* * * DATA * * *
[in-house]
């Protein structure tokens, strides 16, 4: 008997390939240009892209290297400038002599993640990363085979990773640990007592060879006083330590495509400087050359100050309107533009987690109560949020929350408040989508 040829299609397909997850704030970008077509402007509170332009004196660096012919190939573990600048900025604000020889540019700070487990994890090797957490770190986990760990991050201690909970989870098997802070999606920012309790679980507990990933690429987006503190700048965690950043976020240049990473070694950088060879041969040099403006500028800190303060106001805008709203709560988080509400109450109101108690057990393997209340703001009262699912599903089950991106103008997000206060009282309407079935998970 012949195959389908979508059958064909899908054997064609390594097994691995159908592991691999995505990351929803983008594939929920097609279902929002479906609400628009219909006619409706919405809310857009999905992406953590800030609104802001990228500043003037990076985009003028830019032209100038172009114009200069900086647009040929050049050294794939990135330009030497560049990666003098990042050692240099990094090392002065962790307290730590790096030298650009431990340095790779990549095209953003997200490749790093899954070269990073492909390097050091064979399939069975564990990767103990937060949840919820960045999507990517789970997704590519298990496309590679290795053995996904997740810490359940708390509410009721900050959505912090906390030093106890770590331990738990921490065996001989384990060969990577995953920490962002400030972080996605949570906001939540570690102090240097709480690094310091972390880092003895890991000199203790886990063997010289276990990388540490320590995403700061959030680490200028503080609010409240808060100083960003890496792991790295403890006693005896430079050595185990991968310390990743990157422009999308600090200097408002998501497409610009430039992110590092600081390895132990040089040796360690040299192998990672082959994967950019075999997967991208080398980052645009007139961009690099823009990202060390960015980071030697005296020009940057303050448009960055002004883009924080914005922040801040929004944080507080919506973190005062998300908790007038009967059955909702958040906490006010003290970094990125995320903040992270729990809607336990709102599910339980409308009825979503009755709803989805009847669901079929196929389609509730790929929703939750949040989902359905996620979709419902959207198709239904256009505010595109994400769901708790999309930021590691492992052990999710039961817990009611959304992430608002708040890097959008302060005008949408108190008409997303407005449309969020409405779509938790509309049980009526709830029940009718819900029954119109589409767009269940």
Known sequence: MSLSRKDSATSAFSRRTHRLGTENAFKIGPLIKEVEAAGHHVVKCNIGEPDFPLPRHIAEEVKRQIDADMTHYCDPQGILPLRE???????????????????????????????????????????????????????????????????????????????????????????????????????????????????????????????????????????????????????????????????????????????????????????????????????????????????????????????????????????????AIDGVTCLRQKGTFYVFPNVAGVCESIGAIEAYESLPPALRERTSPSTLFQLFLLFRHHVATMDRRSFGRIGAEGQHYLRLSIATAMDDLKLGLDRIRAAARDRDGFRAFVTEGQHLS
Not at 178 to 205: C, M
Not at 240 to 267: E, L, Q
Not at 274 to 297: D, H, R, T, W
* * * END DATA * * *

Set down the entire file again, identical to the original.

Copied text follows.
[in-house]
């Protein structure tokens, strides 16, 4: 008997390939240009892209290297400038002599993640990363085979990773640990007592060879006083330590495509400087050359100050309107533009987690109560949020929350408040989508 040829299609397909997850704030970008077509402007509170332009004196660096012919190939573990600048900025604000020889540019700070487990994890090797957490770190986990760990991050201690909970989870098997802070999606920012309790679980507990990933690429987006503190700048965690950043976020240049990473070694950088060879041969040099403006500028800190303060106001805008709203709560988080509400109450109101108690057990393997209340703001009262699912599903089950991106103008997000206060009282309407079935998970 012949195959389908979508059958064909899908054997064609390594097994691995159908592991691999995505990351929803983008594939929920097609279902929002479906609400628009219909006619409706919405809310857009999905992406953590800030609104802001990228500043003037990076985009003028830019032209100038172009114009200069900086647009040929050049050294794939990135330009030497560049990666003098990042050692240099990094090392002065962790307290730590790096030298650009431990340095790779990549095209953003997200490749790093899954070269990073492909390097050091064979399939069975564990990767103990937060949840919820960045999507990517789970997704590519298990496309590679290795053995996904997740810490359940708390509410009721900050959505912090906390030093106890770590331990738990921490065996001989384990060969990577995953920490962002400030972080996605949570906001939540570690102090240097709480690094310091972390880092003895890991000199203790886990063997010289276990990388540490320590995403700061959030680490200028503080609010409240808060100083960003890496792991790295403890006693005896430079050595185990991968310390990743990157422009999308600090200097408002998501497409610009430039992110590092600081390895132990040089040796360690040299192998990672082959994967950019075999997967991208080398980052645009007139961009690099823009990202060390960015980071030697005296020009940057303050448009960055002004883009924080914005922040801040929004944080507080919506973190005062998300908790007038009967059955909702958040906490006010003290970094990125995320903040992270729990809607336990709102599910339980409308009825979503009755709803989805009847669901079929196929389609509730790929929703939750949040989902359905996620979709419902959207198709239904256009505010595109994400769901708790999309930021590691492992052990999710039961817990009611959304992430608002708040890097959008302060005008949408108190008409997303407005449309969020409405779509938790509309049980009526709830029940009718819900029954119109589409767009269940």
Known sequence: MSLSRKDSATSAFSRRTHRLGTENAFKIGPLIKEVEAAGHHVVKCNIGEPDFPLPRHIAEEVKRQIDADMTHYCDPQGILPLRE???????????????????????????????????????????????????????????????????????????????????????????????????????????????????????????????????????????????????????????????????????????????????????????????????????????????????????????????????????????????AIDGVTCLRQKGTFYVFPNVAGVCESIGAIEAYESLPPALRERTSPSTLFQLFLLFRHHVATMDRRSFGRIGAEGQHYLRLSIATAMDDLKLGLDRIRAAARDRDGFRAFVTEGQHLS
Not at 178 to 205: C, M
Not at 240 to 267: E, L, Q
Not at 274 to 297: D, H, R, T, W